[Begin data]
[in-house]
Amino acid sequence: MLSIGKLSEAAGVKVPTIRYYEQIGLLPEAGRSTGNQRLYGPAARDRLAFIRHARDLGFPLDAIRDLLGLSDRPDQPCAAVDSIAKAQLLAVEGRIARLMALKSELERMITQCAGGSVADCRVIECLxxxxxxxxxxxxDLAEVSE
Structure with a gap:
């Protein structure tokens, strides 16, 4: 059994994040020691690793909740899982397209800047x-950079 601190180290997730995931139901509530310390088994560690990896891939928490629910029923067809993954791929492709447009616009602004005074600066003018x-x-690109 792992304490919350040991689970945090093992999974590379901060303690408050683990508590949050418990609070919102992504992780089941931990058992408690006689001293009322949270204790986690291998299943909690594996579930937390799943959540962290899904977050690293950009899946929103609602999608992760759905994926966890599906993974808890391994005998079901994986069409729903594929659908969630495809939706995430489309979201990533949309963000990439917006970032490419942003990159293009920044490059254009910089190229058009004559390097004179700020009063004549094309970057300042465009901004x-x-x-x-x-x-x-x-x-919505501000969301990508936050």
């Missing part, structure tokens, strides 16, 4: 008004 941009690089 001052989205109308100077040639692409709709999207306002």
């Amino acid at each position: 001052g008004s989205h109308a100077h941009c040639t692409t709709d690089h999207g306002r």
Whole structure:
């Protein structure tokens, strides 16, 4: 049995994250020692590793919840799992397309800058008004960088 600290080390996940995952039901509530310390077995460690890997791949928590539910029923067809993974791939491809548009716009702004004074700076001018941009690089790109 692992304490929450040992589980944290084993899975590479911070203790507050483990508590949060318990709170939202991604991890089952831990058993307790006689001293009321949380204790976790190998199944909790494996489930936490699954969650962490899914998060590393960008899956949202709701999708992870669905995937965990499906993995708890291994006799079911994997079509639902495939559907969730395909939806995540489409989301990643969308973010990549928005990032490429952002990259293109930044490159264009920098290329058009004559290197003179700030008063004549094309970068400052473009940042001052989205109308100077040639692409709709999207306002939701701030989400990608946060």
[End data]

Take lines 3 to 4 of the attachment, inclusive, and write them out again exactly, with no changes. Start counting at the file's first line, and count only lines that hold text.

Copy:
Structure with a gap:
């Protein structure tokens, strides 16, 4: 059994994040020691690793909740899982397209800047x-950079 601190180290997730995931139901509530310390088994560690990896891939928490629910029923067809993954791929492709447009616009602004005074600066003018x-x-690109 792992304490919350040991689970945090093992999974590379901060303690408050683990508590949050418990609070919102992504992780089941931990058992408690006689001293009322949270204790986690291998299943909690594996579930937390799943959540962290899904977050690293950009899946929103609602999608992760759905994926966890599906993974808890391994005998079901994986069409729903594929659908969630495809939706995430489309979201990533949309963000990439917006970032490419942003990159293009920044490059254009910089190229058009004559390097004179700020009063004549094309970057300042465009901004x-x-x-x-x-x-x-x-x-919505501000969301990508936050």